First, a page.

‘Defendant’s evidence was not credible or truthful’ – District judge explains guilty verdict for teenage boy who stabbed police dog Finn in Stevenage
- Credit: Archant
The district judge presiding over the trial of a teenager who stabbed a police dog in Stevenage said she did not find the defendant’s evidence ‘credible or truthful’.
The 16-year-old from Lewisham was on trial at Stevenage Youth Court, where he was convicted of assaulting police officer Dave Wardell and stabbing PD Finn on October 5 last year after a chase in Denton Road.
Giving her verdict, Judge Matson said she was unconvinced by the boy’s claim that he was acting in self-defence when he stabbed PD Finn through the chest with a 12 inch combat knife.
The court heard how PC Wardell had been chasing the boy – who cannot be named for legal reasons – as it was believed he had committed an offence and was armed.
The officer, who broke down while giving evidence, only released PD Finn to chase him after repeatedly warning the boy to stop.
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The German shepherd – who retired from duty at the end of March – then grabbed the suspect’s leg in his jaws to stop him escaping over a fence.
Judge Matson said she believed PC Wardell’s account that the boy was on the ground and PC Wardell was straddling the dog and holding him by the collar when the suspect lunged at him and stabbed him in the chest with the ‘biggest knife’ he had ‘ever seen’.
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The boy then stabbed the dog a second time in the head, wounding PC Wardell in the hand in the process.
The district judge dismissed the teenager’s account that PC Wardell was not with the dog when it attacked him and that stabbing the dog was ‘reasonable’ because he feared he might get ‘bitten up’.
She also dismissed defence counsel Rebecca Bax’s claim that PD Finn had not received enough training over the previous 12 months to be considered a police dog and therefore that PC Wardell should not have taken him on active duty.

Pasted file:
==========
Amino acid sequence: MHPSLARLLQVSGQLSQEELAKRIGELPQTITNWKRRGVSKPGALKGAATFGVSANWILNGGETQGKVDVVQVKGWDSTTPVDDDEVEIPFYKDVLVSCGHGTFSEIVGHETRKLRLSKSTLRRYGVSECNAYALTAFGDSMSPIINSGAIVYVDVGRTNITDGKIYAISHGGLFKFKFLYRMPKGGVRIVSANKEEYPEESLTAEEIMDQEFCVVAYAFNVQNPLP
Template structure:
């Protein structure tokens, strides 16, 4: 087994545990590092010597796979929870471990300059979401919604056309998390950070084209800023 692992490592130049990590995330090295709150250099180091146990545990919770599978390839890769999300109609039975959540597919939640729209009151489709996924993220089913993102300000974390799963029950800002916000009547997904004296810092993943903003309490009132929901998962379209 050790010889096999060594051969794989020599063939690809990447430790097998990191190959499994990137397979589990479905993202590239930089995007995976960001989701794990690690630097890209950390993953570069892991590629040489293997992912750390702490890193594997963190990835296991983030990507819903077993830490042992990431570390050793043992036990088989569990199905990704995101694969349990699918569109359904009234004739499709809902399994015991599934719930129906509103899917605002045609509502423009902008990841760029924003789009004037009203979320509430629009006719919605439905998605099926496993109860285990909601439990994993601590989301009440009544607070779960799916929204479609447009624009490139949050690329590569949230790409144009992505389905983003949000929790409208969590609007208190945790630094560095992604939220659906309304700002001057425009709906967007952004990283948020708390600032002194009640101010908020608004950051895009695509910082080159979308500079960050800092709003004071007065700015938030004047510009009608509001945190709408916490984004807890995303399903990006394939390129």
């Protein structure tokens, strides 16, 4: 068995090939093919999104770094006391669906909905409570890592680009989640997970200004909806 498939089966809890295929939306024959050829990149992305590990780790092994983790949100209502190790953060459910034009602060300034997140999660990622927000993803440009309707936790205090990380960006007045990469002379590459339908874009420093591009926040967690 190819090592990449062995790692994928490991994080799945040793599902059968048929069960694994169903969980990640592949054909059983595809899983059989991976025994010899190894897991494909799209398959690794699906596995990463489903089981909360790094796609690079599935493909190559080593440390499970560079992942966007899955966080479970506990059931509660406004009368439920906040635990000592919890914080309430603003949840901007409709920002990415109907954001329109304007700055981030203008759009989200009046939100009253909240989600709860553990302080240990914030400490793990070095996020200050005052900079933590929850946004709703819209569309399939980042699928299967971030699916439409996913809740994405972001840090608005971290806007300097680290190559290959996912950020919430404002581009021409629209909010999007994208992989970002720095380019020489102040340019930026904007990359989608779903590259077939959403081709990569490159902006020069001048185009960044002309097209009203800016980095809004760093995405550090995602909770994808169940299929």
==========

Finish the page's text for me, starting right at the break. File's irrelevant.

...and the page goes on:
Judge Matson told the court: “PC Wardell gave very emotional evidence today and was clearly very distressed by what happened on that day, and still is.”
She said this distress accounted for some differences in evidence given by PC Wardell between his initial statement to police and today’s account in court.
She added: “I accept his explanation and I found him to be very honest and believable.
“I accept the evidence that Finn received regular training as a police dog. I find that Finn was acting as a police dog on the day and PC Wardell was acting in the execution of his duty.”
Referring to the suspect, she said: “He accepted that he wanted to get away at all costs because he was carrying a knife.
“He accepts he knew Finn was a police dog and that he knew he may be released if he did not stop. Despite that, he ran away.
“He initially told me that PC Wardell was not present when he stabbed the dog, and only on being cross examined did he accept he may have been there earlier than he initially said.
“I do not find his evidence to be credible or truthful. His evidence does not add up.
“Stabbing a dog you know to be a police dog and lunging a knife at a police officer were not necessarily proportionate. I therefore accept the evidence of PC Wardell in its entirety.”
The teenager was found guilty of two offences – assault and criminal damage. The latter offence relates to PD Finn, and prompted the Finn’s Law campaign which has called for police animals to be recognised in the court of law.
The suspect will be sentenced at Bromley Magistrates’ Court on June 6.
He has been bailed with a curfew to his home address and ordered not to enter Hertfordshire.